New research

No Price Like Home
American Economic Review (2017)
with Katharina Knoll and Thomas Steger


How have house prices evolved in the long-run? This paper presents annual house price indices for 14 advanced economies since 1870. Based on extensive data collection, we are able to show for the first time that house prices in most industrial economies stayed constant in real terms from the 19th to the mid-20th century, but rose sharply in recent decades. Land prices, not construction costs, hold the key to understanding the trajectory of house prices in the long-run.

Summary on VoxEu
Media coverage: Financial Times; FAZ


Economic Policy (2016),
with Òscar Jordà and Alan Taylor

The share of mortgages on banks’ balance sheets doubled in the course of the 20th century, driven by a sharp rise of mortgage lending to households. Household debt to asset ratios have risen substantially in many countries. Financial stability risks have been increasingly linked to real estate lending booms which are typically followed by deeper recessions and slower recoveries. Housing finance has come to play a central role in the modern macroeconomy.

San Francisco Fed Economic Letter
Summary on VoxEU
Media coverage: Time Magazine; New York Times; Financial Times; The Times; The Economist


Macrofinancial History and
the New Business Cycle Facts
NBER Macroannual (2017),
with Òscar Jordà and Alan Taylor

In advanced economies, a century-long near-stable ratio of credit to GDP gave way to rapid financialization and surging leverage in the last forty years. This “financial hockey stick” coincides with shifts in foundational macroeconomic relationships beyond the widely-noted return of macroeconomic fragility and crisis risk. Leverage is correlated with central business cycle moments, which we can document thanks to a decade-long international and historical data collection effort.


NBER Working Paper (2017),
with Òscar Jordà, Björn Richter and Alan Taylor

Higher capital ratios are unlikely to prevent a financial crisis. This is empirically true both for the entire history of advanced economies between 1870 and 2013 and for the post-WW2 period, and holds both within and between countries. We reach this startling conclusion using newly collected data on the liability side of banks’ balance sheets in 17 countries. A solvency indicator, the capital ratio has no value as a crisis predictor; but we find that liquidity indicators such as the loan-to-deposit ratio and the share of non-deposit funding do signal financial fragility, although they add little predictive power relative to that of credit growth on the asset side of the balance sheet. However, higher capital buffers have social benefits in terms of macro-stability: recoveries from financial crisis recessions are much quicker with higher bank capital.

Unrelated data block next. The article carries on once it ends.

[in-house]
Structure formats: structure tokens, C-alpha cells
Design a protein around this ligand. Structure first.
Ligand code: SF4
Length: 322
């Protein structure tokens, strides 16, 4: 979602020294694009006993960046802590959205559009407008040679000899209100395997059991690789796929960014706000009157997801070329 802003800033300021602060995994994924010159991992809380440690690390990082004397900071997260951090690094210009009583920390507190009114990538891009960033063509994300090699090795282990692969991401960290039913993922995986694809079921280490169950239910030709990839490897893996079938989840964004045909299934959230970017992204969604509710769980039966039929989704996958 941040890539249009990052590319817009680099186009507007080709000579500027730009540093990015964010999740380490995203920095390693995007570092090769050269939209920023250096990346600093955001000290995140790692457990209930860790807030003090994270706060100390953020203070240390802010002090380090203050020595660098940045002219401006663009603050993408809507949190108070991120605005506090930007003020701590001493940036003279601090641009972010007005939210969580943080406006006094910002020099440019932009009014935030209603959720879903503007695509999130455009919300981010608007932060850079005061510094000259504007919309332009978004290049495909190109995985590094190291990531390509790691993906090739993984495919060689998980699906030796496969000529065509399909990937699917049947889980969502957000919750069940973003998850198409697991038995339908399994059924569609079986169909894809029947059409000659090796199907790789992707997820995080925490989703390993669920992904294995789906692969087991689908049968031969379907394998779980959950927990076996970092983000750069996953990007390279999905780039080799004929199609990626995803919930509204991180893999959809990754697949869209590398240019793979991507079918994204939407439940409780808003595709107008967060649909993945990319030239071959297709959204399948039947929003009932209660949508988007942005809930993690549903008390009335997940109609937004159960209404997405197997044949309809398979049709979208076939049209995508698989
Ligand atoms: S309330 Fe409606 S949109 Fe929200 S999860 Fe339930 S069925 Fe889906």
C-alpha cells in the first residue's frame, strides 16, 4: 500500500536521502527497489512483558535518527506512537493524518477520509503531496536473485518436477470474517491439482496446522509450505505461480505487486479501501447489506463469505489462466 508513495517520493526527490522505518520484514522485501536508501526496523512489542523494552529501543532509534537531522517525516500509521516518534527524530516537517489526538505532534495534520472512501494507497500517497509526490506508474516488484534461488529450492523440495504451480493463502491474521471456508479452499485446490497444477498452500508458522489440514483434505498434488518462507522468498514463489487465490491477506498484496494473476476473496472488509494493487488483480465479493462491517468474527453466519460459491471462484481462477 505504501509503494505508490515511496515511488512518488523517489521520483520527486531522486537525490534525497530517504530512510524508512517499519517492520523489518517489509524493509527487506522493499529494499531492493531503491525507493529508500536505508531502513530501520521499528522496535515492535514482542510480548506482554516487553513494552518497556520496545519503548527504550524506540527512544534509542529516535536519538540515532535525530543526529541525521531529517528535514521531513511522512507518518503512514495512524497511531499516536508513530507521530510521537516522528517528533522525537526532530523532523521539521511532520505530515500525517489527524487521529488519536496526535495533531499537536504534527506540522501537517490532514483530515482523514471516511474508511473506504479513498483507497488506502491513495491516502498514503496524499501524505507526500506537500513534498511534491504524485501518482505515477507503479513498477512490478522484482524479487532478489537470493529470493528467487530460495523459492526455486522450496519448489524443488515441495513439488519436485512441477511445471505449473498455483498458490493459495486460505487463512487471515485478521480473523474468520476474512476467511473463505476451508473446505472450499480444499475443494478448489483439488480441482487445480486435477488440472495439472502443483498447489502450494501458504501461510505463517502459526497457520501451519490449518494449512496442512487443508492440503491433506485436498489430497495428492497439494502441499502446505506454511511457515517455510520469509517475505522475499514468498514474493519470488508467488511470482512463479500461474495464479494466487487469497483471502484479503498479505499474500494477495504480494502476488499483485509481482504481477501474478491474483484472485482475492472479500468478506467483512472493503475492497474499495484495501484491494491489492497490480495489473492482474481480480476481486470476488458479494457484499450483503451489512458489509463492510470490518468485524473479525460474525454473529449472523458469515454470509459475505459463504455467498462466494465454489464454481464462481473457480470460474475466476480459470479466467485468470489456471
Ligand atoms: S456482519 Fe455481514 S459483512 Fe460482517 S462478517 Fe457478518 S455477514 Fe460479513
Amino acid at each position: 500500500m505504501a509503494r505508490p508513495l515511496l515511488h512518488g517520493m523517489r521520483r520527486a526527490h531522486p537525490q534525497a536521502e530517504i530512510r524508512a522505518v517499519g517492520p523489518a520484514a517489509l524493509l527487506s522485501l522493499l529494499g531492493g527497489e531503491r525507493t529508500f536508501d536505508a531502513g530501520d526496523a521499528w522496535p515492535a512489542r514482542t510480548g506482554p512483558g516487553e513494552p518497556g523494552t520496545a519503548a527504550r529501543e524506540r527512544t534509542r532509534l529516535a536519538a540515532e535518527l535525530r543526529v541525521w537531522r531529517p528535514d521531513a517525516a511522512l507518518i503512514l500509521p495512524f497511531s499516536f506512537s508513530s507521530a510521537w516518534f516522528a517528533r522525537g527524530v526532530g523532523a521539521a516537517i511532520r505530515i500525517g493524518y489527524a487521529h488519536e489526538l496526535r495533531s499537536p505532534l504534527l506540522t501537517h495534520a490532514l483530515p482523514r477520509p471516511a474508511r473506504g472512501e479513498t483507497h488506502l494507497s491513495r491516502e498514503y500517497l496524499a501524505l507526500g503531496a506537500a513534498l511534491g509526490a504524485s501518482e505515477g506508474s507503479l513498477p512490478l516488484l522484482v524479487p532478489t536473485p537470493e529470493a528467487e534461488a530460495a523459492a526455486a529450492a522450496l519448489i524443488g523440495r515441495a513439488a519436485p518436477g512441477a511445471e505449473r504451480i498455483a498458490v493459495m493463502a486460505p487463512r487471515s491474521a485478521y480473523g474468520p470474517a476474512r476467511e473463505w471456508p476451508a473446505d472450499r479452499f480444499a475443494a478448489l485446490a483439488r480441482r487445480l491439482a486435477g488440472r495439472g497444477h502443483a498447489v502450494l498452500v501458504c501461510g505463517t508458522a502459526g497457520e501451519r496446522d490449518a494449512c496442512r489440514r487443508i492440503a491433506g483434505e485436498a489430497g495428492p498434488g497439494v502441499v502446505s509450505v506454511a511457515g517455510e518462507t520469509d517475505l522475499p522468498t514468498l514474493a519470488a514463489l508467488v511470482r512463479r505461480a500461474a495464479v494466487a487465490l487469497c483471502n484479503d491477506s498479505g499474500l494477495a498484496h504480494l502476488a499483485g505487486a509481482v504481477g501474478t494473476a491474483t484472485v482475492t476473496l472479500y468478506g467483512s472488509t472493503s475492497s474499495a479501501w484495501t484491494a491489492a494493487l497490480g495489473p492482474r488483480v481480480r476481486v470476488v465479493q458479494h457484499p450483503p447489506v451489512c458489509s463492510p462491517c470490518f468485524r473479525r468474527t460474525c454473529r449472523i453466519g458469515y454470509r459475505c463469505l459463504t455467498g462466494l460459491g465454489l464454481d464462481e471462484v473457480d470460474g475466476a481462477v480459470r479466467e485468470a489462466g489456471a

Large and State Dependent Effects of Quasi-Random Monetary Experiments
NBER Working Paper (2017),
with
Òscar Jordà and Alan Taylor

Fixing the exchange rate constrains monetary policy. Along with unfettered cross-border capital flows, the trilemma implies that arbitrage, not the central bank, determines how interest rates fluctuate. The annals of international finance thus provide quasi-natural experiments with which to measure how macroeconomic outcomes respond to policy rates. We find that the effects of monetary policy are much larger than previously estimated,
and that these effects are state-dependent.

 

Credit Booms Gone Bust 
American Economic Review (2012),
with Alan Taylor


We study the behavior of money, credit, and macroeconomic indicators over the long run based on a new historical dataset for 14 countries over the years 1870-2008. Total credit has increased strongly relative to output and money in the second half of the twentieth century. Credit growth is a powerful predictor of financial crises, suggesting that policymakers ignore credit at their peril. 
Dataset
Summary on VoxEU


Going to Extremes:
Politics after Financial Crises

European Economic Review (2016)
with Manuel Funke and Christoph Trebesch

In this paper we study the political fall‐out from systemic financial crises over the past 140 years. We construct a new long‐run dataset covering 20 advanced economies and more than 800 general elections. Our key finding is that policy uncertainty rises strongly after financial crises as government majorities shrink and polarization rises. After a crisis, voters seem to be particularly attracted to the political rhetoric of the extreme right. On average, far‐right parties increase their vote share by 30% after a financial crisis. Importantly, we do not observe similar political dynamics in normal recessions or after severe macroeconomic shocks that are not financial in nature.

Summary on Vox